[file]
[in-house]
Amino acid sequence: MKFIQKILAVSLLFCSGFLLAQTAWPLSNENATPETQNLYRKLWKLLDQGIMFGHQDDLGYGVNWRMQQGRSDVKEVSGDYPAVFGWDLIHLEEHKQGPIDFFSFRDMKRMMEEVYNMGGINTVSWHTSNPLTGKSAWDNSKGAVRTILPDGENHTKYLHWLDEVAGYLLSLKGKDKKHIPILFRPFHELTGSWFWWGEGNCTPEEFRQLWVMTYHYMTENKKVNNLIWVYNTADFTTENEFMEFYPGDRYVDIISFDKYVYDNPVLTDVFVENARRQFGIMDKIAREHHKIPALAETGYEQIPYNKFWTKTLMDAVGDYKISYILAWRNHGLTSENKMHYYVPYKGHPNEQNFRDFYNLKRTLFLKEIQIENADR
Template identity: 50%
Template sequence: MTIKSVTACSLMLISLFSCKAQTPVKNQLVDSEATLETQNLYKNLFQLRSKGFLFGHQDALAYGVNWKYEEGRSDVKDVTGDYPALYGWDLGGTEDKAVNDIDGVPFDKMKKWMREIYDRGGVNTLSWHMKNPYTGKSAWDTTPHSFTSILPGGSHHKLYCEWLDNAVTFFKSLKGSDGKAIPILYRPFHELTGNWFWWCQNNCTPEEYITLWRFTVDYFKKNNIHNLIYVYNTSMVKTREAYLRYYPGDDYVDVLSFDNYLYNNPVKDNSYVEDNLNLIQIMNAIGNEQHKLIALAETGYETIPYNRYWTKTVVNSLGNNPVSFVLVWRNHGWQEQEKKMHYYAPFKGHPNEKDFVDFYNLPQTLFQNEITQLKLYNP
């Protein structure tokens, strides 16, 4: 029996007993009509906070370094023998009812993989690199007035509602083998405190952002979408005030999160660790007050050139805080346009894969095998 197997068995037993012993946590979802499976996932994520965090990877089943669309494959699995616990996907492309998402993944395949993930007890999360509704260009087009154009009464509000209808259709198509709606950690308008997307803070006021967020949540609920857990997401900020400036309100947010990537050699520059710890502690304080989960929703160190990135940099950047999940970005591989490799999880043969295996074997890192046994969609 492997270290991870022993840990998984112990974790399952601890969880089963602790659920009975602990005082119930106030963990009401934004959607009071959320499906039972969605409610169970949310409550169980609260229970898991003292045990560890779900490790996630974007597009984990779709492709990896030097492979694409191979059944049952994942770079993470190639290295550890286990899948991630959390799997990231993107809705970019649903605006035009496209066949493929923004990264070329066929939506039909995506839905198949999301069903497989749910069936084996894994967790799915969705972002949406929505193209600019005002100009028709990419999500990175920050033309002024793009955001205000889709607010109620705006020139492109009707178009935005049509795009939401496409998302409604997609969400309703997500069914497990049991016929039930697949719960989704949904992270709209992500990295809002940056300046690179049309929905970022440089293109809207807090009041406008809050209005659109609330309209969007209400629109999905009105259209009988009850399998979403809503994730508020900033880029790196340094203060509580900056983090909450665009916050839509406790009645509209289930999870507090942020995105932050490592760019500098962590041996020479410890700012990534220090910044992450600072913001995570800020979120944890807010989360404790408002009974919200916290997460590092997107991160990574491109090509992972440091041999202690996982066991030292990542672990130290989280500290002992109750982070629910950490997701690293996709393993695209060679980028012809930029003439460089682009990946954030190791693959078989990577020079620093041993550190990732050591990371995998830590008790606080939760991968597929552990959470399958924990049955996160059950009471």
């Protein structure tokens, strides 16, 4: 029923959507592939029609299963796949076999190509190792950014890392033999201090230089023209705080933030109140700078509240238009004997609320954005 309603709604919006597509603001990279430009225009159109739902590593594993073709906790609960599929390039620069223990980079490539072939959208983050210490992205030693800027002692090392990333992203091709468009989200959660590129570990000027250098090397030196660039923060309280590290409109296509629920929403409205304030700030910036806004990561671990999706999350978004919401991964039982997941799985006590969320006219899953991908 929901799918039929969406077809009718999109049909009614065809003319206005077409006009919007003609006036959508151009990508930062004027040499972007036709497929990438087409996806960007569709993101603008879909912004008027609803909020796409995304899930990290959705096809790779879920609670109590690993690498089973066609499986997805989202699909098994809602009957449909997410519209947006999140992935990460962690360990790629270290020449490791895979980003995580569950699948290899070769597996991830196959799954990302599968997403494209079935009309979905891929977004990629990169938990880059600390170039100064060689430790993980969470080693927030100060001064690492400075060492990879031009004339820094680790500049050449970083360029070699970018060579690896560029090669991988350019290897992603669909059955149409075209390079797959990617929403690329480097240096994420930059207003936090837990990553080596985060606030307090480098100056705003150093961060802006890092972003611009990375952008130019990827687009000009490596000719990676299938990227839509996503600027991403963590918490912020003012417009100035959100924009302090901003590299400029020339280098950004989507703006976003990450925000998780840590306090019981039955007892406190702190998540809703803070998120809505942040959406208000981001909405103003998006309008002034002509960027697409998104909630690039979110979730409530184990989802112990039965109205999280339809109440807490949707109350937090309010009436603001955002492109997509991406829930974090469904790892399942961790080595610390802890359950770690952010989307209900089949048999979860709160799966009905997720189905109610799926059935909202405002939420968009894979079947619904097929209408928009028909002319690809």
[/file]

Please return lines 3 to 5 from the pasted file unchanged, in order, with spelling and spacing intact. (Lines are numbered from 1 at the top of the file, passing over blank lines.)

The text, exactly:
Template identity: 50%
Template sequence: MTIKSVTACSLMLISLFSCKAQTPVKNQLVDSEATLETQNLYKNLFQLRSKGFLFGHQDALAYGVNWKYEEGRSDVKDVTGDYPALYGWDLGGTEDKAVNDIDGVPFDKMKKWMREIYDRGGVNTLSWHMKNPYTGKSAWDTTPHSFTSILPGGSHHKLYCEWLDNAVTFFKSLKGSDGKAIPILYRPFHELTGNWFWWCQNNCTPEEYITLWRFTVDYFKKNNIHNLIYVYNTSMVKTREAYLRYYPGDDYVDVLSFDNYLYNNPVKDNSYVEDNLNLIQIMNAIGNEQHKLIALAETGYETIPYNRYWTKTVVNSLGNNPVSFVLVWRNHGWQEQEKKMHYYAPFKGHPNEKDFVDFYNLPQTLFQNEITQLKLYNP
């Protein structure tokens, strides 16, 4: 029996007993009509906070370094023998009812993989690199007035509602083998405190952002979408005030999160660790007050050139805080346009894969095998 197997068995037993012993946590979802499976996932994520965090990877089943669309494959699995616990996907492309998402993944395949993930007890999360509704260009087009154009009464509000209808259709198509709606950690308008997307803070006021967020949540609920857990997401900020400036309100947010990537050699520059710890502690304080989960929703160190990135940099950047999940970005591989490799999880043969295996074997890192046994969609 492997270290991870022993840990998984112990974790399952601890969880089963602790659920009975602990005082119930106030963990009401934004959607009071959320499906039972969605409610169970949310409550169980609260229970898991003292045990560890779900490790996630974007597009984990779709492709990896030097492979694409191979059944049952994942770079993470190639290295550890286990899948991630959390799997990231993107809705970019649903605006035009496209066949493929923004990264070329066929939506039909995506839905198949999301069903497989749910069936084996894994967790799915969705972002949406929505193209600019005002100009028709990419999500990175920050033309002024793009955001205000889709607010109620705006020139492109009707178009935005049509795009939401496409998302409604997609969400309703997500069914497990049991016929039930697949719960989704949904992270709209992500990295809002940056300046690179049309929905970022440089293109809207807090009041406008809050209005659109609330309209969007209400629109999905009105259209009988009850399998979403809503994730508020900033880029790196340094203060509580900056983090909450665009916050839509406790009645509209289930999870507090942020995105932050490592760019500098962590041996020479410890700012990534220090910044992450600072913001995570800020979120944890807010989360404790408002009974919200916290997460590092997107991160990574491109090509992972440091041999202690996982066991030292990542672990130290989280500290002992109750982070629910950490997701690293996709393993695209060679980028012809930029003439460089682009990946954030190791693959078989990577020079620093041993550190990732050591990371995998830590008790606080939760991968597929552990959470399958924990049955996160059950009471």